Everywhere, that is, but in the country in which he lives: Germany. German authorities have never brought charges against Darkazanli and have no plans to do so, and since he is a German citizen, they likewise refuse to extradite him to face justice in any other country.
It should be noted that Darkazanli’s prospects of escaping justice did not always look so bright. Having identified him as a key figure in the European al-Qaeda network, the Spanish investigative judge Baltasar Garzón indicted Darkazanli as part of the same Spanish al-Qaeda indictment in which Yarkas was charged. In October 2004, Garzón submitted a request to have Darkazanli extradited to Spain. The legal basis for the request was the “European arrest warrant,” which came into force two months earlier and under the terms of which Germany was supposed to turn over its citizens to face prosecution in EU partner countries.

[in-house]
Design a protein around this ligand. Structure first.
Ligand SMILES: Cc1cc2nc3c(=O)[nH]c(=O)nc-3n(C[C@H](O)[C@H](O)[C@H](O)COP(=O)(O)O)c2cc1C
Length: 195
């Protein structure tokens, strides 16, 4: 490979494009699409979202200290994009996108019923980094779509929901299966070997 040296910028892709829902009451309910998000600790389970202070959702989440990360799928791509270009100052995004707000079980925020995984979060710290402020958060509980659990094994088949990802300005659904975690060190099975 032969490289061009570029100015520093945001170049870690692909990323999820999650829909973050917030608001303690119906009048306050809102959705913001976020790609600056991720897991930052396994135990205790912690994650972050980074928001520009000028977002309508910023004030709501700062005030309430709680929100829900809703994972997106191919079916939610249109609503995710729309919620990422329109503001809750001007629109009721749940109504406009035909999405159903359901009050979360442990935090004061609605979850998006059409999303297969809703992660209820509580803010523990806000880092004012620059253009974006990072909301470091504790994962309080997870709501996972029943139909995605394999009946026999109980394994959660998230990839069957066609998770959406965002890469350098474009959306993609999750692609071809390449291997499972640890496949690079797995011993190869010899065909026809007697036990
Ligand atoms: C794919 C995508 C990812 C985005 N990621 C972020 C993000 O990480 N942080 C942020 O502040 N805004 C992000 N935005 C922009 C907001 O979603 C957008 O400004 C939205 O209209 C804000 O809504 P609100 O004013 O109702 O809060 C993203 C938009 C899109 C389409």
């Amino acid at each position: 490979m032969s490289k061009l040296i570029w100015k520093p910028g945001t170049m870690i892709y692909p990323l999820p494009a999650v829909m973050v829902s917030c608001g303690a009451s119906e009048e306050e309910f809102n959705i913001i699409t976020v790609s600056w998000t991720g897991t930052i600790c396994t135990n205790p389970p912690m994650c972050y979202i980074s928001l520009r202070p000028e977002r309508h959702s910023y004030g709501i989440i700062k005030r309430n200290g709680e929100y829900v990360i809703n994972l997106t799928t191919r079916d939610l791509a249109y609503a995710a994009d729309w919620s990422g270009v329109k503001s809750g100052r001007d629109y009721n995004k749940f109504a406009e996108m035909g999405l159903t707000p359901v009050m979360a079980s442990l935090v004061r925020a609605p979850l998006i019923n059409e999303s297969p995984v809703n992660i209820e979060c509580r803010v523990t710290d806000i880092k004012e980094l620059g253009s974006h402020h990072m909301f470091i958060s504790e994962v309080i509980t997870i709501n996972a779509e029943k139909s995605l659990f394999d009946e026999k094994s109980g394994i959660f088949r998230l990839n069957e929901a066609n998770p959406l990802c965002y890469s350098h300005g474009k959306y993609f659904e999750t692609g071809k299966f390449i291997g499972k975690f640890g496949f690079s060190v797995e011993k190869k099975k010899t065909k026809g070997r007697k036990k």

Darkazanli was arrested. But just an hour before he was scheduled to be flown to Spain, Germany’s Constitutional Court ordered the extradition stopped. The court would later find the German legislation implementing the EU arrest warrant to be unconstitutional and require it to be rewritten.
In the meanwhile, Germany’s federal prosecutor’s office opened its own investigation into Darkazanli’s activities. But this investigation was closed down on July 14, 2006. The prosecutor’s office found that Darkazanli had indeed served “as a contact of various al-Qaeda leaders between 1993 and 1998” and, furthermore, that he had been involved “as mediator, custodian and manager in the international business activities of the al-Qaeda firm’s network.” It concluded, nonetheless, that these “activities that benefited the al-Qaeda organization” did not meet the conditions for prosecution under paragraph 129a of Germany’s criminal code and, furthermore, that “to the degree that he was active on behalf of al-Qaeda, the transactions that he conducted were without criminal relevance.”